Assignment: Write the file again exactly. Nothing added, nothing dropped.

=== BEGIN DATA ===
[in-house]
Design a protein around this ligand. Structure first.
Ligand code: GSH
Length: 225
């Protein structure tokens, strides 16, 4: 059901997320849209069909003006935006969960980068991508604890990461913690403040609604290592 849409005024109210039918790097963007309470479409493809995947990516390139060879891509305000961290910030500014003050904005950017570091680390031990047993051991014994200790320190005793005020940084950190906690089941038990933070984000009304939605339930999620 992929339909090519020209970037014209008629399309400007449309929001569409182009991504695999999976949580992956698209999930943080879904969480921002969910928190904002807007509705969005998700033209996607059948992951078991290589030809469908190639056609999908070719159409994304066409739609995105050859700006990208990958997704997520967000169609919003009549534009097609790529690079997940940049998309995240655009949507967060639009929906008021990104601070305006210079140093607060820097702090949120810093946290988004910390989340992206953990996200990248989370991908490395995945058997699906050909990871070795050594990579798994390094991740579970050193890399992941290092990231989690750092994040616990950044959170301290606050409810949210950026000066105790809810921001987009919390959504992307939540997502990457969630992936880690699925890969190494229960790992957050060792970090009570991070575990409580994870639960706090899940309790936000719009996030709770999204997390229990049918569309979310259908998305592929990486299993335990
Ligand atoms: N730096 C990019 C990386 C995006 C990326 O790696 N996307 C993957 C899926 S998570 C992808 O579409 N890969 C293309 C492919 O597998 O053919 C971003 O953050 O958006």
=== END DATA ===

[in-house]
Design a protein around this ligand. Structure first.
Ligand code: GSH
Length: 225
């Protein structure tokens, strides 16, 4: 059901997320849209069909003006935006969960980068991508604890990461913690403040609604290592 849409005024109210039918790097963007309470479409493809995947990516390139060879891509305000961290910030500014003050904005950017570091680390031990047993051991014994200790320190005793005020940084950190906690089941038990933070984000009304939605339930999620 992929339909090519020209970037014209008629399309400007449309929001569409182009991504695999999976949580992956698209999930943080879904969480921002969910928190904002807007509705969005998700033209996607059948992951078991290589030809469908190639056609999908070719159409994304066409739609995105050859700006990208990958997704997520967000169609919003009549534009097609790529690079997940940049998309995240655009949507967060639009929906008021990104601070305006210079140093607060820097702090949120810093946290988004910390989340992206953990996200990248989370991908490395995945058997699906050909990871070795050594990579798994390094991740579970050193890399992941290092990231989690750092994040616990950044959170301290606050409810949210950026000066105790809810921001987009919390959504992307939540997502990457969630992936880690699925890969190494229960790992957050060792970090009570991070575990409580994870639960706090899940309790936000719009996030709770999204997390229990049918569309979310259908998305592929990486299993335990
Ligand atoms: N730096 C990019 C990386 C995006 C990326 O790696 N996307 C993957 C899926 S998570 C992808 O579409 N890969 C293309 C492919 O597998 O053919 C971003 O953050 O958006």